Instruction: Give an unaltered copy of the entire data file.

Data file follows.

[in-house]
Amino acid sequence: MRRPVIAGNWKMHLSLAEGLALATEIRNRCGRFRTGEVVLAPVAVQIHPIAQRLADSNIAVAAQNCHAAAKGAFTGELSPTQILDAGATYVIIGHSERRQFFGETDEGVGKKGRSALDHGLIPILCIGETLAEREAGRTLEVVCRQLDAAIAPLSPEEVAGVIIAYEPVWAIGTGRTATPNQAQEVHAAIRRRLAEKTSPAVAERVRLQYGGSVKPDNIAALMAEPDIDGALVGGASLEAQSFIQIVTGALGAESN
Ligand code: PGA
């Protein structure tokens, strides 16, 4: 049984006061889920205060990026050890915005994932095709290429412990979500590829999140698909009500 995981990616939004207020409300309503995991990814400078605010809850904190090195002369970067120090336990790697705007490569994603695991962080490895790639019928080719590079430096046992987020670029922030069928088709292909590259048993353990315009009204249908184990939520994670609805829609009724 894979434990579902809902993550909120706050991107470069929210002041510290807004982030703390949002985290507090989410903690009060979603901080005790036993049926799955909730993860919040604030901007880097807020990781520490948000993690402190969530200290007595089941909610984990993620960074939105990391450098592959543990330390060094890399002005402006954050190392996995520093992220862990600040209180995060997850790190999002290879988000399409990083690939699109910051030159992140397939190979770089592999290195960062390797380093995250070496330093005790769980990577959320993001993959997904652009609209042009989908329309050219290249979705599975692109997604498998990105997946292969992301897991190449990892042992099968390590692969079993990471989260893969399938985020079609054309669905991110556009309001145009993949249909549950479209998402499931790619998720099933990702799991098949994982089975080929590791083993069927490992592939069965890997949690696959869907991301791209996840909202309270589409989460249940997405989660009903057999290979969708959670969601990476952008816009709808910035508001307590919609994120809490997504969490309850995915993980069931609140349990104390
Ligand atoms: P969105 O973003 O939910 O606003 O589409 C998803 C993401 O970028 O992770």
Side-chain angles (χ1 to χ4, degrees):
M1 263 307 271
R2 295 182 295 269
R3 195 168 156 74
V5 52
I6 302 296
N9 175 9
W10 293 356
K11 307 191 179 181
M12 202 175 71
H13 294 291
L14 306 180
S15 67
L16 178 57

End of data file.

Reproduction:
[in-house]
Amino acid sequence: MRRPVIAGNWKMHLSLAEGLALATEIRNRCGRFRTGEVVLAPVAVQIHPIAQRLADSNIAVAAQNCHAAAKGAFTGELSPTQILDAGATYVIIGHSERRQFFGETDEGVGKKGRSALDHGLIPILCIGETLAEREAGRTLEVVCRQLDAAIAPLSPEEVAGVIIAYEPVWAIGTGRTATPNQAQEVHAAIRRRLAEKTSPAVAERVRLQYGGSVKPDNIAALMAEPDIDGALVGGASLEAQSFIQIVTGALGAESN
Ligand code: PGA
């Protein structure tokens, strides 16, 4: 049984006061889920205060990026050890915005994932095709290429412990979500590829999140698909009500 995981990616939004207020409300309503995991990814400078605010809850904190090195002369970067120090336990790697705007490569994603695991962080490895790639019928080719590079430096046992987020670029922030069928088709292909590259048993353990315009009204249908184990939520994670609805829609009724 894979434990579902809902993550909120706050991107470069929210002041510290807004982030703390949002985290507090989410903690009060979603901080005790036993049926799955909730993860919040604030901007880097807020990781520490948000993690402190969530200290007595089941909610984990993620960074939105990391450098592959543990330390060094890399002005402006954050190392996995520093992220862990600040209180995060997850790190999002290879988000399409990083690939699109910051030159992140397939190979770089592999290195960062390797380093995250070496330093005790769980990577959320993001993959997904652009609209042009989908329309050219290249979705599975692109997604498998990105997946292969992301897991190449990892042992099968390590692969079993990471989260893969399938985020079609054309669905991110556009309001145009993949249909549950479209998402499931790619998720099933990702799991098949994982089975080929590791083993069927490992592939069965890997949690696959869907991301791209996840909202309270589409989460249940997405989660009903057999290979969708959670969601990476952008816009709808910035508001307590919609994120809490997504969490309850995915993980069931609140349990104390
Ligand atoms: P969105 O973003 O939910 O606003 O589409 C998803 C993401 O970028 O992770």
Side-chain angles (χ1 to χ4, degrees):
M1 263 307 271
R2 295 182 295 269
R3 195 168 156 74
V5 52
I6 302 296
N9 175 9
W10 293 356
K11 307 191 179 181
M12 202 175 71
H13 294 291
L14 306 180
S15 67
L16 178 57